Arsenal manager Arsene Wenger is arrogant and a bad loser who tries to influence referees through the media, the Frenchman’s newly appointed Sunderland counterpart Sam Allardyce has said.
Allardyce, who makes the comments in his new autobiography, serialised in The Sun, reveals the depth of loathing between himself and Wenger, who have been at odds ever since the Englishman was in charge of Bolton Wanderers.
“I enjoyed beating Arsenal more than anyone when I was in charge at Bolton,” Allardyce said.
“We’d really got to them and Arsene Wenger hated us.
“There was one time he wouldn’t shake hands with me at Highbury because we got a draw there. I saw him ripping his tie off and throwing it on the floor in anger.
“He takes it all very personally and has an air of arrogance. He’s not one for inviting you into his office for a drink after the game.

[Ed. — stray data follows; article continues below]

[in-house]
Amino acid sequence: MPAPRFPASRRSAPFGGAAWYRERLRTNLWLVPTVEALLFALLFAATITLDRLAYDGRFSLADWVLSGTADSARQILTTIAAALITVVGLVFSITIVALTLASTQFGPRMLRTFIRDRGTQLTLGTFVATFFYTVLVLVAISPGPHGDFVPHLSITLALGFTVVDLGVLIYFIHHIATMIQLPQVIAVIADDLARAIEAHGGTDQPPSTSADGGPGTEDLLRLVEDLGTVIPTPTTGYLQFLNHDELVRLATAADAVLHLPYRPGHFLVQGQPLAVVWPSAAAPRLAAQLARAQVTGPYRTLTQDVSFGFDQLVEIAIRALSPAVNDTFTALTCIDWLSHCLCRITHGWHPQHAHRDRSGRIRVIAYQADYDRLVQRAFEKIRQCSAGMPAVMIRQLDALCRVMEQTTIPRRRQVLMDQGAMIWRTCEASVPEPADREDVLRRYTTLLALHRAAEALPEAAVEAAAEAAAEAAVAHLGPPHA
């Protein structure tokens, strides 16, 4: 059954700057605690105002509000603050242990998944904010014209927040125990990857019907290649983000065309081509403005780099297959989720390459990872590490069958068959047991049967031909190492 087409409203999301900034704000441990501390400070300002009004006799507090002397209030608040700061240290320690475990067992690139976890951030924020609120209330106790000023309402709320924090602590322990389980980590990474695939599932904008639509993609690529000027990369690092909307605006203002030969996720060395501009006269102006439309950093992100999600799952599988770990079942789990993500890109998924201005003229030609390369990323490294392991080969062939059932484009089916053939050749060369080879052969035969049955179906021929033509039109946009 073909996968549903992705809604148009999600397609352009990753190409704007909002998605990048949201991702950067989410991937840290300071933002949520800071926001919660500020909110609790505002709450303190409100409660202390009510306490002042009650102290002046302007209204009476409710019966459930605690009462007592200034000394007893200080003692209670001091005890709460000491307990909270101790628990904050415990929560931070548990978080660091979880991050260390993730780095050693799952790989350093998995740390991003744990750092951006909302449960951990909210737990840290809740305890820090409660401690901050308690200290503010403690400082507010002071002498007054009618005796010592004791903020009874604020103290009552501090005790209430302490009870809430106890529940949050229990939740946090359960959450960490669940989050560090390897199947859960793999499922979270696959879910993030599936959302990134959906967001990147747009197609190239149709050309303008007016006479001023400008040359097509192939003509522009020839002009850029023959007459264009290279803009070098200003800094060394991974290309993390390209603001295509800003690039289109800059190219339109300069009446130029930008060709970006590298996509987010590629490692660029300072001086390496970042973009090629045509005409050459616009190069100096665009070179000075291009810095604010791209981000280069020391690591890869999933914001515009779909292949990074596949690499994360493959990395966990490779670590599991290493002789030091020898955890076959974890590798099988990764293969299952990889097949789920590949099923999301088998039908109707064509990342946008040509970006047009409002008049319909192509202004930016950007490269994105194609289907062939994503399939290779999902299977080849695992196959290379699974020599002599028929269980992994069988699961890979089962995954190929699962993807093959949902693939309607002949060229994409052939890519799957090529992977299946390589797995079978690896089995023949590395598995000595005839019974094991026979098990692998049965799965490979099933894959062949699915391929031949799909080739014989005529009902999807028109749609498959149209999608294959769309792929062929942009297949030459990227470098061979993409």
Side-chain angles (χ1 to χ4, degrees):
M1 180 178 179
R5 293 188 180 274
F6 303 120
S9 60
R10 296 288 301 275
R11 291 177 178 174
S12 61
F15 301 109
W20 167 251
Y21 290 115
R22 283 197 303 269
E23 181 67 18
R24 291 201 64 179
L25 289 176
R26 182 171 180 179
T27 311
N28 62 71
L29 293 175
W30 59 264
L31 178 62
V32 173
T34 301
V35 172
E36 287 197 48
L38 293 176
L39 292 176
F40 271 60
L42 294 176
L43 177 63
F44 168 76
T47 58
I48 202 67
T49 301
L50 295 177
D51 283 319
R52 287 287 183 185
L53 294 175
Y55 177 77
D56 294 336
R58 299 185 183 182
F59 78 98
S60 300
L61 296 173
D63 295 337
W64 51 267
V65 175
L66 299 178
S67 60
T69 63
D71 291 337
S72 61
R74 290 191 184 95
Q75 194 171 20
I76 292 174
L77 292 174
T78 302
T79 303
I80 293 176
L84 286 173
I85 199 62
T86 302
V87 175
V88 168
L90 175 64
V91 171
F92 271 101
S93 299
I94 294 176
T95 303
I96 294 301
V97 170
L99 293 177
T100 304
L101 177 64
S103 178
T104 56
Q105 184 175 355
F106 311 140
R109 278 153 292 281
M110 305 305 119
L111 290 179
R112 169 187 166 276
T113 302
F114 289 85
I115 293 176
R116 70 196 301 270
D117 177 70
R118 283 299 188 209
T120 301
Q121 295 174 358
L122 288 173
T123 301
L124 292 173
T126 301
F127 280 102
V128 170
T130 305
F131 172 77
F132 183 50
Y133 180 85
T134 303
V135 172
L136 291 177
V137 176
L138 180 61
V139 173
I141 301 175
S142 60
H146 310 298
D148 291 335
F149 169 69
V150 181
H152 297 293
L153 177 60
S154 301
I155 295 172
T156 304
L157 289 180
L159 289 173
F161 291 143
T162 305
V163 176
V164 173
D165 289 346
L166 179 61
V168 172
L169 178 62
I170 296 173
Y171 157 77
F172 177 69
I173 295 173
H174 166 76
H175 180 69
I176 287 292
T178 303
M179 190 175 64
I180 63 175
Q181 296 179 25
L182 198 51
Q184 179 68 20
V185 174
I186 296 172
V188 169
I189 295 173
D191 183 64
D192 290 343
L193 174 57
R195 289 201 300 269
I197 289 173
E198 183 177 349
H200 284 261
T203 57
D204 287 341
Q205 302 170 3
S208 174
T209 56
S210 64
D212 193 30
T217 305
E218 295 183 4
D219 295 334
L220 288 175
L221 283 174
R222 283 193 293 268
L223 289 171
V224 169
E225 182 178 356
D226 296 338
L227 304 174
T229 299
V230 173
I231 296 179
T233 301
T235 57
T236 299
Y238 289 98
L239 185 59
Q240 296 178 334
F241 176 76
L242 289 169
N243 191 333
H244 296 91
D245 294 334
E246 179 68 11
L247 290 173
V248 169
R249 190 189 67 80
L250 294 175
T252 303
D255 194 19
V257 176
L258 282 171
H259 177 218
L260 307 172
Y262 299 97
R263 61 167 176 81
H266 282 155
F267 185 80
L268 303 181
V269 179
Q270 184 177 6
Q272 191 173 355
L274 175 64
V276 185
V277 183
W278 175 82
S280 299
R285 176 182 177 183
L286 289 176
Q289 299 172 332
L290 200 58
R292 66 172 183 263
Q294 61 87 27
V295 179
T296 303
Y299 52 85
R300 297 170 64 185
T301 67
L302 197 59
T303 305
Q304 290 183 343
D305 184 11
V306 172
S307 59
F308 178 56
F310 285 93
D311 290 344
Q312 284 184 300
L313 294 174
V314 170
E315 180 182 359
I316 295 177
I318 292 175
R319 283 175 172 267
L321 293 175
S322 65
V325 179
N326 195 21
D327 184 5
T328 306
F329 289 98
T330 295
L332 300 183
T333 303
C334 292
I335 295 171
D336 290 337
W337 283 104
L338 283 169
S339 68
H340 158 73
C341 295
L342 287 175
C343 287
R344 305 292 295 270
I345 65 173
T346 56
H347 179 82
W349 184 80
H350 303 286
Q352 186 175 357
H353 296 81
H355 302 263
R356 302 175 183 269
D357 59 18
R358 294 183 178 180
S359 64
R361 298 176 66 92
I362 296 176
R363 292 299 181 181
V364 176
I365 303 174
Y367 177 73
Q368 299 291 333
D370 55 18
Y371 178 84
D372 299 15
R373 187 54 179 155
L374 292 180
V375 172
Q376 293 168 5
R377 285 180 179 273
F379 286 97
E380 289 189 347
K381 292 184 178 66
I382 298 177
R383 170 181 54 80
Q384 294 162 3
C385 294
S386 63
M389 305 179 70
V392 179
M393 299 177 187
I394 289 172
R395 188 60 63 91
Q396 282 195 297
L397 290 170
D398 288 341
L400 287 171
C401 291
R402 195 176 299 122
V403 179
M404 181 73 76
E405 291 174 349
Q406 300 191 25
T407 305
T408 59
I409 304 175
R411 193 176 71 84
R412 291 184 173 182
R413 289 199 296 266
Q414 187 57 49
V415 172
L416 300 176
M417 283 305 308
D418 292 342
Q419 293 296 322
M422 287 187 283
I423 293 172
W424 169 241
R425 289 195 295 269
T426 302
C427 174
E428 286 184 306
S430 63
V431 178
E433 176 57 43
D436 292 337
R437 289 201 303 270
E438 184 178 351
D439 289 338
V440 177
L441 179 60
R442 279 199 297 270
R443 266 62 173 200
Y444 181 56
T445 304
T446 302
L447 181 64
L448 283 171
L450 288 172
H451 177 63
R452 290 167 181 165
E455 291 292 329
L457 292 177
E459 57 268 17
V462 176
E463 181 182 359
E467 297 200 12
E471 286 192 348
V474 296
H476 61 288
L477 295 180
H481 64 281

“The more I wound him up, the more I liked it. He tried to influence refs through the media and create a perception that we were bullies committing all the fouls, while his team just wanted to play.
“It seemed he wanted a rule where they should be allowed to do what they wanted with the ball, without us being allowed to tackle them.
“It was a skill finding their weaknesses and how to exploit them. But when we succeeded the press were usually on about Arsenal having an off-day and the ref being soft.”
Allardyce also takes a dig at Rafa Benitez, formerly of Liverpool and now at Real Madrid, saying the Spaniard deserves no credit for winning the Champions League with the Merseyside club in 2005.
“Of course he (Benitez) can say he won the Champions League with Liverpool, which is something I never did. But it was nowt to do with him.
“Steven Gerrard took that final by the scruff of the neck and dragged Liverpool back from 3-0 down against AC Milan to eventually win on penalties,” Allardyce said.
“I don’t blame Benitez for claiming credit — but as managers we know the truth.
“It’s like when you make a substitution in desperation and it comes off. You get all the credit for your tactical brilliance when it’s often just luck.”